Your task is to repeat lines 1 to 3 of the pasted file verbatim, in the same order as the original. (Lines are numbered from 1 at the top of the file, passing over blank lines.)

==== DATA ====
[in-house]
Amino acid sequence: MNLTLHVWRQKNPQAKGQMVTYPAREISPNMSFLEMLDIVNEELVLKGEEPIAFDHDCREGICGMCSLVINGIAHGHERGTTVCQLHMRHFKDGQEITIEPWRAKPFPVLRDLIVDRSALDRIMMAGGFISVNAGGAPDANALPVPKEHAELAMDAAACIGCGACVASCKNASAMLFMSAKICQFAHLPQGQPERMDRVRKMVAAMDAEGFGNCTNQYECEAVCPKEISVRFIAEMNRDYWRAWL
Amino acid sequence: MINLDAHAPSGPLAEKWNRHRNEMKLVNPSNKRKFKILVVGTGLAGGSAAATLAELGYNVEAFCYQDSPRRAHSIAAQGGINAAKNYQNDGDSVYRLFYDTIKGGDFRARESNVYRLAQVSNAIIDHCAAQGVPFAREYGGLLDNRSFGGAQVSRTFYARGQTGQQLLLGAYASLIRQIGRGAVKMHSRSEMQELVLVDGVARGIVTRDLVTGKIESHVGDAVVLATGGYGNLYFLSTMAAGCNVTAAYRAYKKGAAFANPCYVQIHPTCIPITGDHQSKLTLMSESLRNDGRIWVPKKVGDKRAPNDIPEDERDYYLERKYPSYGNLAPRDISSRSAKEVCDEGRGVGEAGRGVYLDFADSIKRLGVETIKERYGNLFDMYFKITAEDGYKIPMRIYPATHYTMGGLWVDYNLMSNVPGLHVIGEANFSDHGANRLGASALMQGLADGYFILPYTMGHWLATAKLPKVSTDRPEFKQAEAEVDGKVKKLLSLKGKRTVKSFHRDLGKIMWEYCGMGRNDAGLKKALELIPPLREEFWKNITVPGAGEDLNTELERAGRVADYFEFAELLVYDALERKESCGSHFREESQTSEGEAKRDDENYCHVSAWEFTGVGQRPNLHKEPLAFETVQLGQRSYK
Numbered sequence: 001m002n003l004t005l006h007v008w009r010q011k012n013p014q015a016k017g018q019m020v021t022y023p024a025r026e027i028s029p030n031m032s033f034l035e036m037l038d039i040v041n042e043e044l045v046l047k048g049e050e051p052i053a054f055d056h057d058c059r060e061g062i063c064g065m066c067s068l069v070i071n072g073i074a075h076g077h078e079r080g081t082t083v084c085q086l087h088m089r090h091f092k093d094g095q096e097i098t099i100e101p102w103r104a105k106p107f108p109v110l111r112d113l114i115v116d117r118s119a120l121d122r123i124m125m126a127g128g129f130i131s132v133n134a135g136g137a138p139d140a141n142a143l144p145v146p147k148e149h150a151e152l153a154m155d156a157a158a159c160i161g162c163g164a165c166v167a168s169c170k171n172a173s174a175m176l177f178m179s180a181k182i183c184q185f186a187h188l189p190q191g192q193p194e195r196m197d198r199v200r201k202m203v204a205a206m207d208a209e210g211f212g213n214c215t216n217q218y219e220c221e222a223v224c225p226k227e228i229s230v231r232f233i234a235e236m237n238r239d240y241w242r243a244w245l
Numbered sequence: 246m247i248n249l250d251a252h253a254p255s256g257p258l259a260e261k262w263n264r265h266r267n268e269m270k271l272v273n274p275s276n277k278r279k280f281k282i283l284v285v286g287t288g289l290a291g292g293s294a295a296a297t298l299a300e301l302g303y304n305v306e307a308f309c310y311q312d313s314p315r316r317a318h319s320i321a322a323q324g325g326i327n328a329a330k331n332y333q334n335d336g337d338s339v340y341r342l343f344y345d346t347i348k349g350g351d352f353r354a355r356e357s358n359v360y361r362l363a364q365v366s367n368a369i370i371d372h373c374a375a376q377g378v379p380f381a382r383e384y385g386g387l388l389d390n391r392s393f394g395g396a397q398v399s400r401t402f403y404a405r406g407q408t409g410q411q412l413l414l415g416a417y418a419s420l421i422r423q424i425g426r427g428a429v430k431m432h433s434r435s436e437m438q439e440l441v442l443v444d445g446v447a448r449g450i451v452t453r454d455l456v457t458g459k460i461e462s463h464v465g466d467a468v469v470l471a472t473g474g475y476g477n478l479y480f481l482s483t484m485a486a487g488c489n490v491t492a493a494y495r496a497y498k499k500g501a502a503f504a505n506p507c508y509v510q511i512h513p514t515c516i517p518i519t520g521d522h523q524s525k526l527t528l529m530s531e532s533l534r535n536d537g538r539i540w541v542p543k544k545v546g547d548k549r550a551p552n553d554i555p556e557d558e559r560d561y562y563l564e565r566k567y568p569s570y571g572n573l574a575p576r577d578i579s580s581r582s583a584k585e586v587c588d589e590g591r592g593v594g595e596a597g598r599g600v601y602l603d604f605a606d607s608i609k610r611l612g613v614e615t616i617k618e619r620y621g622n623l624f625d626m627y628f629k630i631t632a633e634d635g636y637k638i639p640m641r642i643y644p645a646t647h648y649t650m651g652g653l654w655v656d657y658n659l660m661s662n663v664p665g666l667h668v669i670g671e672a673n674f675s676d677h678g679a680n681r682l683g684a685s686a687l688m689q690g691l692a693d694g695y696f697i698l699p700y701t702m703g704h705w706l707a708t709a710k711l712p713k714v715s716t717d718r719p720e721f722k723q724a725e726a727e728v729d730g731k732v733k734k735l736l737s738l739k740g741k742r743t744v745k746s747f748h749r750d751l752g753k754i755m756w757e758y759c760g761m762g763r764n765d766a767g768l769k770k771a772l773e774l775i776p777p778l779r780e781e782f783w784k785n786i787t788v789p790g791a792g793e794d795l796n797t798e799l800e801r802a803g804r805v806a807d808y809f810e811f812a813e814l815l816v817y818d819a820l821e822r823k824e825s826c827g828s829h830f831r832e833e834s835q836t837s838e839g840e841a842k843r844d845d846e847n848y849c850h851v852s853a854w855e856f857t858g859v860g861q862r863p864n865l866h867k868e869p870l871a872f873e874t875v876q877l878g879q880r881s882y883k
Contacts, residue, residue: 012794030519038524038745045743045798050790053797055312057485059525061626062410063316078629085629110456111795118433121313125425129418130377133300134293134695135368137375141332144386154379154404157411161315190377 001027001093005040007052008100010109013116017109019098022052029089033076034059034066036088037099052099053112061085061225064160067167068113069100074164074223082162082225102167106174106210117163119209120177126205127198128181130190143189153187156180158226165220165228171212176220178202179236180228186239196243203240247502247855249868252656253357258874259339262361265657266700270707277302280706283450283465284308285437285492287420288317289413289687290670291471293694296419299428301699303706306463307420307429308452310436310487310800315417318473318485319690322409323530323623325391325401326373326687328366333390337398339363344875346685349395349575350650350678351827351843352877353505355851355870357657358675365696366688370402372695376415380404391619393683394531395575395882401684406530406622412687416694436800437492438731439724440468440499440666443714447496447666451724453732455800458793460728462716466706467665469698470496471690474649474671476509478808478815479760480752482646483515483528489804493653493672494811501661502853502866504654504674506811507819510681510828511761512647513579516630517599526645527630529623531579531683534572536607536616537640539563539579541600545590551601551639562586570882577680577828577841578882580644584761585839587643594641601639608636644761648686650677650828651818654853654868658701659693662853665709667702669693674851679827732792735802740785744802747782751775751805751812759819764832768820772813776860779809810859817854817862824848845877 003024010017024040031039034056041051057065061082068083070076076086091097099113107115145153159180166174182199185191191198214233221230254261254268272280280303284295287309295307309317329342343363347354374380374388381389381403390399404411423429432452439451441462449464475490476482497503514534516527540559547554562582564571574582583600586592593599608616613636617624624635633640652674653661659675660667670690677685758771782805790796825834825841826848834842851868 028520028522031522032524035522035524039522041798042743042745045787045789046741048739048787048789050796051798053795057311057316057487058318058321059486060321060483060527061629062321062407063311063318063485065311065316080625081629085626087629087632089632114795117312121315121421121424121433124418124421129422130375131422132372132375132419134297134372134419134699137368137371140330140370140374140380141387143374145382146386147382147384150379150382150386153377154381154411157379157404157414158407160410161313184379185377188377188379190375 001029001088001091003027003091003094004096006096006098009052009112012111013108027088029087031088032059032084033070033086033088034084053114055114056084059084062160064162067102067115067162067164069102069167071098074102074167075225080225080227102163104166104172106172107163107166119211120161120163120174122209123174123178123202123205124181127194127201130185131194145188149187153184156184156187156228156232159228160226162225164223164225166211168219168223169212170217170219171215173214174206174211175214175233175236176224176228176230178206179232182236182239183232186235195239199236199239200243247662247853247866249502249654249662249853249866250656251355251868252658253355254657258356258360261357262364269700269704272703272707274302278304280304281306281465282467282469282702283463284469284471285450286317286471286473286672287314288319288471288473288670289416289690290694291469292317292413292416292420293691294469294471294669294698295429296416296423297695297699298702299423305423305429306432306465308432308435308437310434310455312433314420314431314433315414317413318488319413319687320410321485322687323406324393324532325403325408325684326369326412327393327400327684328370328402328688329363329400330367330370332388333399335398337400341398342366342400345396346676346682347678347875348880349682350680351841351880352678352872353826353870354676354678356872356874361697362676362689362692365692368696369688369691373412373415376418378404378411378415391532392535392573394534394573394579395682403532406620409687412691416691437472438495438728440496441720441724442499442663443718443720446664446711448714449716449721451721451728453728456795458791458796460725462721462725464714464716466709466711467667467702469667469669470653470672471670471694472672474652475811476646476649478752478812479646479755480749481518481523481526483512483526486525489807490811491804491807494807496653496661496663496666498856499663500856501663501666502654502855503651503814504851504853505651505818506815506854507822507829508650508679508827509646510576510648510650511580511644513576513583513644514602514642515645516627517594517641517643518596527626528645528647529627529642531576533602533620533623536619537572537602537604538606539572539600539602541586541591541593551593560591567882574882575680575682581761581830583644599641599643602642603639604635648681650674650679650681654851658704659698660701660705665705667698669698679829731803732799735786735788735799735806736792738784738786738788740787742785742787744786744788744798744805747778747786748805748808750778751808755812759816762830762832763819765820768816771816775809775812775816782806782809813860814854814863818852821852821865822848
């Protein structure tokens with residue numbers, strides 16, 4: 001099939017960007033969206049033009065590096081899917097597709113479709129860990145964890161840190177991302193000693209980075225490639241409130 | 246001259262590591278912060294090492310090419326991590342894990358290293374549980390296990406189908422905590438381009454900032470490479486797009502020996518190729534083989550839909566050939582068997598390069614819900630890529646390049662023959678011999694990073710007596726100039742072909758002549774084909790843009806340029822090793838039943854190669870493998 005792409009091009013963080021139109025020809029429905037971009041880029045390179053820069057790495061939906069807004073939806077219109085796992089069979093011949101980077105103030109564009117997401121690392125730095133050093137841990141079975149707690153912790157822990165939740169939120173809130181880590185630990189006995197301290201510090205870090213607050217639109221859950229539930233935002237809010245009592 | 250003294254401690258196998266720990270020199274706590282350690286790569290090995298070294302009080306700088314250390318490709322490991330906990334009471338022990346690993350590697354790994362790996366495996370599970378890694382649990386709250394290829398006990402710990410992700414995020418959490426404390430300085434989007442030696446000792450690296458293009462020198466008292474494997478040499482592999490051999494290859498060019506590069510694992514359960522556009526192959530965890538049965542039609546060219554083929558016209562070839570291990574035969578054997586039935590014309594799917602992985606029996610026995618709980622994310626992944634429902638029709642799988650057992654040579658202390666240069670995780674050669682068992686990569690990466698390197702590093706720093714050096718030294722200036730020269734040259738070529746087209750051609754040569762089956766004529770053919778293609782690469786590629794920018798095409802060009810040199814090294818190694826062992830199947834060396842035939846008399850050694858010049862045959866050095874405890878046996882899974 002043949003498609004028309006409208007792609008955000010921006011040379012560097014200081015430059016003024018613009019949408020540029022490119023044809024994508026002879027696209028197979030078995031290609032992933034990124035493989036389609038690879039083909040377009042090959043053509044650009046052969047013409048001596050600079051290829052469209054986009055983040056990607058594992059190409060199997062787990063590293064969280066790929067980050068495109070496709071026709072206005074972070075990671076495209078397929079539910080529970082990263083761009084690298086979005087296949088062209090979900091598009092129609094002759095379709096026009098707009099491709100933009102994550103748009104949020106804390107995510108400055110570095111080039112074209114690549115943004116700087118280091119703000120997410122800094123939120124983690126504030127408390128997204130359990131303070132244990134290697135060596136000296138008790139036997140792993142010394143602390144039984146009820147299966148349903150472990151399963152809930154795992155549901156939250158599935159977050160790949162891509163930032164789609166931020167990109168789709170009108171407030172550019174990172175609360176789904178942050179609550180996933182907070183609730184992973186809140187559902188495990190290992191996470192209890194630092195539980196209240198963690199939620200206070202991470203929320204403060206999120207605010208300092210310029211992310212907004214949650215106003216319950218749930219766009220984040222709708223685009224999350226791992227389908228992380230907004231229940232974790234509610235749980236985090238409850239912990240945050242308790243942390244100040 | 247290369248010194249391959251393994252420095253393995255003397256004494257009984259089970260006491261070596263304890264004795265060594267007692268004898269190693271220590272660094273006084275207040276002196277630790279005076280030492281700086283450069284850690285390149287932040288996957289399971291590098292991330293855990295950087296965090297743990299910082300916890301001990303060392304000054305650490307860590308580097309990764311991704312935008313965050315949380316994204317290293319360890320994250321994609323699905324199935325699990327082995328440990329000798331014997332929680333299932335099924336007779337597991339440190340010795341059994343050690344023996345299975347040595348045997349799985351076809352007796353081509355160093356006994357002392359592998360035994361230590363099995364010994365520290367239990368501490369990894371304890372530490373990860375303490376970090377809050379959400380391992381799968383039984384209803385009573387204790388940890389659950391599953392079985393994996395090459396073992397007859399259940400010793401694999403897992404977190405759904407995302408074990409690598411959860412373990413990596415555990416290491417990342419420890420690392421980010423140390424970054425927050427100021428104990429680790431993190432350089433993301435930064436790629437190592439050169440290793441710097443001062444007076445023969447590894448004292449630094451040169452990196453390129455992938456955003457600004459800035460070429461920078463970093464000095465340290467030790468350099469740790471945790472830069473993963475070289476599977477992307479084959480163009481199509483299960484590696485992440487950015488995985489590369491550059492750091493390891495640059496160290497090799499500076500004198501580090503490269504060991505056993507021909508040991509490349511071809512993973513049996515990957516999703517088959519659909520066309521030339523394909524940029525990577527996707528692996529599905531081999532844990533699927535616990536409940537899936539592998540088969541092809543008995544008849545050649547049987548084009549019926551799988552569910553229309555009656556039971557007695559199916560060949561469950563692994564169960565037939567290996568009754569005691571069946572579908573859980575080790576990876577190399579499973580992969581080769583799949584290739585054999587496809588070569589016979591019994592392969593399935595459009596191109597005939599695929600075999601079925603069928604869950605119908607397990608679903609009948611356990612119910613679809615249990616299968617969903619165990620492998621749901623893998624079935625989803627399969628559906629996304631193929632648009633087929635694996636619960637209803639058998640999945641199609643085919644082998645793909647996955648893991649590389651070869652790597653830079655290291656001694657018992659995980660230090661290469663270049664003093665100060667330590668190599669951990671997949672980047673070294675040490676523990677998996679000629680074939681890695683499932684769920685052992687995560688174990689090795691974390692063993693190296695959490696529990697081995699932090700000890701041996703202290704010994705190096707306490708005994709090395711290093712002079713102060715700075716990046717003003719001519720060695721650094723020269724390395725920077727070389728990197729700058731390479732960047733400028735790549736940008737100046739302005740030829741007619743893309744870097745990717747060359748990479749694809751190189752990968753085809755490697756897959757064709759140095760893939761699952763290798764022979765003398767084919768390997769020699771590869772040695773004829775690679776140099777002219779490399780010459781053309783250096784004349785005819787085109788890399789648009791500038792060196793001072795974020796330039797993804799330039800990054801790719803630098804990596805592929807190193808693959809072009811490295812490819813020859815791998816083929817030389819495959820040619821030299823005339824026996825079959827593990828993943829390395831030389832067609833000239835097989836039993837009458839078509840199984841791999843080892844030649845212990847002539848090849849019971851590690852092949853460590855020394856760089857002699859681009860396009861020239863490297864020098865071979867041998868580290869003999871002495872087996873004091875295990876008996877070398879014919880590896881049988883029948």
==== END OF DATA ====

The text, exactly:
[in-house]
Amino acid sequence: MNLTLHVWRQKNPQAKGQMVTYPAREISPNMSFLEMLDIVNEELVLKGEEPIAFDHDCREGICGMCSLVINGIAHGHERGTTVCQLHMRHFKDGQEITIEPWRAKPFPVLRDLIVDRSALDRIMMAGGFISVNAGGAPDANALPVPKEHAELAMDAAACIGCGACVASCKNASAMLFMSAKICQFAHLPQGQPERMDRVRKMVAAMDAEGFGNCTNQYECEAVCPKEISVRFIAEMNRDYWRAWL
Amino acid sequence: MINLDAHAPSGPLAEKWNRHRNEMKLVNPSNKRKFKILVVGTGLAGGSAAATLAELGYNVEAFCYQDSPRRAHSIAAQGGINAAKNYQNDGDSVYRLFYDTIKGGDFRARESNVYRLAQVSNAIIDHCAAQGVPFAREYGGLLDNRSFGGAQVSRTFYARGQTGQQLLLGAYASLIRQIGRGAVKMHSRSEMQELVLVDGVARGIVTRDLVTGKIESHVGDAVVLATGGYGNLYFLSTMAAGCNVTAAYRAYKKGAAFANPCYVQIHPTCIPITGDHQSKLTLMSESLRNDGRIWVPKKVGDKRAPNDIPEDERDYYLERKYPSYGNLAPRDISSRSAKEVCDEGRGVGEAGRGVYLDFADSIKRLGVETIKERYGNLFDMYFKITAEDGYKIPMRIYPATHYTMGGLWVDYNLMSNVPGLHVIGEANFSDHGANRLGASALMQGLADGYFILPYTMGHWLATAKLPKVSTDRPEFKQAEAEVDGKVKKLLSLKGKRTVKSFHRDLGKIMWEYCGMGRNDAGLKKALELIPPLREEFWKNITVPGAGEDLNTELERAGRVADYFEFAELLVYDALERKESCGSHFREESQTSEGEAKRDDENYCHVSAWEFTGVGQRPNLHKEPLAFETVQLGQRSYK